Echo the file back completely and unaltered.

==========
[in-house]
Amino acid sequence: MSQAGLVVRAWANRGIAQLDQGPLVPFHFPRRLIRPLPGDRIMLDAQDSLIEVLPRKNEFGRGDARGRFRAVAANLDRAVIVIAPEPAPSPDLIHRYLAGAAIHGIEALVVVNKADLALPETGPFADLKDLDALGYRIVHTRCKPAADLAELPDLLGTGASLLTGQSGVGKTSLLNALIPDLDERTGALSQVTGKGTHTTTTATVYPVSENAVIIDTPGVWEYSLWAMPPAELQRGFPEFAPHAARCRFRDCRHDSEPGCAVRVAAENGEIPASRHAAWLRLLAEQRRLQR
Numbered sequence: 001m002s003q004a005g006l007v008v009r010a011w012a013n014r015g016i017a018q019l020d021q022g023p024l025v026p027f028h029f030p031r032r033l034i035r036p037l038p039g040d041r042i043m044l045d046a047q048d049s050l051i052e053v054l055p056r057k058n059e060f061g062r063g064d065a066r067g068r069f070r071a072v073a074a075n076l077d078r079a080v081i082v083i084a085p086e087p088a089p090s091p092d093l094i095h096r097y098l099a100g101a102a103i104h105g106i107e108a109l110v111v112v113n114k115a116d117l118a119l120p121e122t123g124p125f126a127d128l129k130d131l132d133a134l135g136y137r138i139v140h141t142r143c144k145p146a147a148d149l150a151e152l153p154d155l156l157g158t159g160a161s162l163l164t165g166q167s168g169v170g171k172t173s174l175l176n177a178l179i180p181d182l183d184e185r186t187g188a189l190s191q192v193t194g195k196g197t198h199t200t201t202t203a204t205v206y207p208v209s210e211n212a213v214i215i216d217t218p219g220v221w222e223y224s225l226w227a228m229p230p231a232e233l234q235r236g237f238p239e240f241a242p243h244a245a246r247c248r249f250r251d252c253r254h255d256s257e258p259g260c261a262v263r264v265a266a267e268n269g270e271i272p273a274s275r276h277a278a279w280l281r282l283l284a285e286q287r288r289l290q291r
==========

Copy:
[in-house]
Amino acid sequence: MSQAGLVVRAWANRGIAQLDQGPLVPFHFPRRLIRPLPGDRIMLDAQDSLIEVLPRKNEFGRGDARGRFRAVAANLDRAVIVIAPEPAPSPDLIHRYLAGAAIHGIEALVVVNKADLALPETGPFADLKDLDALGYRIVHTRCKPAADLAELPDLLGTGASLLTGQSGVGKTSLLNALIPDLDERTGALSQVTGKGTHTTTTATVYPVSENAVIIDTPGVWEYSLWAMPPAELQRGFPEFAPHAARCRFRDCRHDSEPGCAVRVAAENGEIPASRHAAWLRLLAEQRRLQR
Numbered sequence: 001m002s003q004a005g006l007v008v009r010a011w012a013n014r015g016i017a018q019l020d021q022g023p024l025v026p027f028h029f030p031r032r033l034i035r036p037l038p039g040d041r042i043m044l045d046a047q048d049s050l051i052e053v054l055p056r057k058n059e060f061g062r063g064d065a066r067g068r069f070r071a072v073a074a075n076l077d078r079a080v081i082v083i084a085p086e087p088a089p090s091p092d093l094i095h096r097y098l099a100g101a102a103i104h105g106i107e108a109l110v111v112v113n114k115a116d117l118a119l120p121e122t123g124p125f126a127d128l129k130d131l132d133a134l135g136y137r138i139v140h141t142r143c144k145p146a147a148d149l150a151e152l153p154d155l156l157g158t159g160a161s162l163l164t165g166q167s168g169v170g171k172t173s174l175l176n177a178l179i180p181d182l183d184e185r186t187g188a189l190s191q192v193t194g195k196g197t198h199t200t201t202t203a204t205v206y207p208v209s210e211n212a213v214i215i216d217t218p219g220v221w222e223y224s225l226w227a228m229p230p231a232e233l234q235r236g237f238p239e240f241a242p243h244a245a246r247c248r249f250r251d252c253r254h255d256s257e258p259g260c261a262v263r264v265a266a267e268n269g270e271i272p273a274s275r276h277a278a279w280l281r282l283l284a285e286q287r288r289l290q291r